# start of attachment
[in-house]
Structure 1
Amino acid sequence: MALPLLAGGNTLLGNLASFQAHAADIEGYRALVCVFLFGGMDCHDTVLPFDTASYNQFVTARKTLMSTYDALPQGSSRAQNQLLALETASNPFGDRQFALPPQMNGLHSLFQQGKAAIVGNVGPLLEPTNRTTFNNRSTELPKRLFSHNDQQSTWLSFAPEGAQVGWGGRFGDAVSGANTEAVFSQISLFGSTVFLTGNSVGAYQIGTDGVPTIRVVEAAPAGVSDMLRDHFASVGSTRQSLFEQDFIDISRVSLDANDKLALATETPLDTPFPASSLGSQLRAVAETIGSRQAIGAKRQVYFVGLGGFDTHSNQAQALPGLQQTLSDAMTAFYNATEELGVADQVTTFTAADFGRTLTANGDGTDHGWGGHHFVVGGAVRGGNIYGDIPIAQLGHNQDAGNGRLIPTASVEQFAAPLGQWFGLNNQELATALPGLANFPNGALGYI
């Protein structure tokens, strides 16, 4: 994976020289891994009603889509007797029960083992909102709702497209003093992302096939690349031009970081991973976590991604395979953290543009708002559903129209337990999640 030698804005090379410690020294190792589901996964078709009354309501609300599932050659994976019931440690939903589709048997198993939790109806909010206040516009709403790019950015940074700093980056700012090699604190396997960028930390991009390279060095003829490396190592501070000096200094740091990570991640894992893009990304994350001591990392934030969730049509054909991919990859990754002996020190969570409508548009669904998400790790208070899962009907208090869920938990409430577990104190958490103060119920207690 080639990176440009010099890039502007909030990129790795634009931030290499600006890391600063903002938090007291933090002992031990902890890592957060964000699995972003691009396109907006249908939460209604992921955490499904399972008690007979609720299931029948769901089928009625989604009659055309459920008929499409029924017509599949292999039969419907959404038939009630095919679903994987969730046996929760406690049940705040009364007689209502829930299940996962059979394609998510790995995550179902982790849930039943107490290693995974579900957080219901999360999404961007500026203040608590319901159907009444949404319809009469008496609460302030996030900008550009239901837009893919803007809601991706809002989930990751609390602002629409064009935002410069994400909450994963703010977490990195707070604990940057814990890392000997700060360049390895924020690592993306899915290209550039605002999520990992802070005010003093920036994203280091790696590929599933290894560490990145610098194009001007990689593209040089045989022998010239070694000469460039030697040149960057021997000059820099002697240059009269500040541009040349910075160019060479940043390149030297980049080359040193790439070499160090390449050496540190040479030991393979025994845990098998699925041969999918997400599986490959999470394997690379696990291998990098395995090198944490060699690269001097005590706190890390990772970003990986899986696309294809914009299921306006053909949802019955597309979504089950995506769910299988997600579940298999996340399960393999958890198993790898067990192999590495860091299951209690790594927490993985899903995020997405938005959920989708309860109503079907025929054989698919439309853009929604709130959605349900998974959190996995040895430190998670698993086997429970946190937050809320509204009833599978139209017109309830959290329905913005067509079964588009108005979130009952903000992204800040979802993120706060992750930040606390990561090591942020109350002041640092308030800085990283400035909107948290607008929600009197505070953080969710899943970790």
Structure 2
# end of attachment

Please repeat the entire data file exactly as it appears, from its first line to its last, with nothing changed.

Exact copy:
[in-house]
Structure 1
Amino acid sequence: MALPLLAGGNTLLGNLASFQAHAADIEGYRALVCVFLFGGMDCHDTVLPFDTASYNQFVTARKTLMSTYDALPQGSSRAQNQLLALETASNPFGDRQFALPPQMNGLHSLFQQGKAAIVGNVGPLLEPTNRTTFNNRSTELPKRLFSHNDQQSTWLSFAPEGAQVGWGGRFGDAVSGANTEAVFSQISLFGSTVFLTGNSVGAYQIGTDGVPTIRVVEAAPAGVSDMLRDHFASVGSTRQSLFEQDFIDISRVSLDANDKLALATETPLDTPFPASSLGSQLRAVAETIGSRQAIGAKRQVYFVGLGGFDTHSNQAQALPGLQQTLSDAMTAFYNATEELGVADQVTTFTAADFGRTLTANGDGTDHGWGGHHFVVGGAVRGGNIYGDIPIAQLGHNQDAGNGRLIPTASVEQFAAPLGQWFGLNNQELATALPGLANFPNGALGYI
């Protein structure tokens, strides 16, 4: 994976020289891994009603889509007797029960083992909102709702497209003093992302096939690349031009970081991973976590991604395979953290543009708002559903129209337990999640 030698804005090379410690020294190792589901996964078709009354309501609300599932050659994976019931440690939903589709048997198993939790109806909010206040516009709403790019950015940074700093980056700012090699604190396997960028930390991009390279060095003829490396190592501070000096200094740091990570991640894992893009990304994350001591990392934030969730049509054909991919990859990754002996020190969570409508548009669904998400790790208070899962009907208090869920938990409430577990104190958490103060119920207690 080639990176440009010099890039502007909030990129790795634009931030290499600006890391600063903002938090007291933090002992031990902890890592957060964000699995972003691009396109907006249908939460209604992921955490499904399972008690007979609720299931029948769901089928009625989604009659055309459920008929499409029924017509599949292999039969419907959404038939009630095919679903994987969730046996929760406690049940705040009364007689209502829930299940996962059979394609998510790995995550179902982790849930039943107490290693995974579900957080219901999360999404961007500026203040608590319901159907009444949404319809009469008496609460302030996030900008550009239901837009893919803007809601991706809002989930990751609390602002629409064009935002410069994400909450994963703010977490990195707070604990940057814990890392000997700060360049390895924020690592993306899915290209550039605002999520990992802070005010003093920036994203280091790696590929599933290894560490990145610098194009001007990689593209040089045989022998010239070694000469460039030697040149960057021997000059820099002697240059009269500040541009040349910075160019060479940043390149030297980049080359040193790439070499160090390449050496540190040479030991393979025994845990098998699925041969999918997400599986490959999470394997690379696990291998990098395995090198944490060699690269001097005590706190890390990772970003990986899986696309294809914009299921306006053909949802019955597309979504089950995506769910299988997600579940298999996340399960393999958890198993790898067990192999590495860091299951209690790594927490993985899903995020997405938005959920989708309860109503079907025929054989698919439309853009929604709130959605349900998974959190996995040895430190998670698993086997429970946190937050809320509204009833599978139209017109309830959290329905913005067509079964588009108005979130009952903000992204800040979802993120706060992750930040606390990561090591942020109350002041640092308030800085990283400035909107948290607008929600009197505070953080969710899943970790």
Structure 2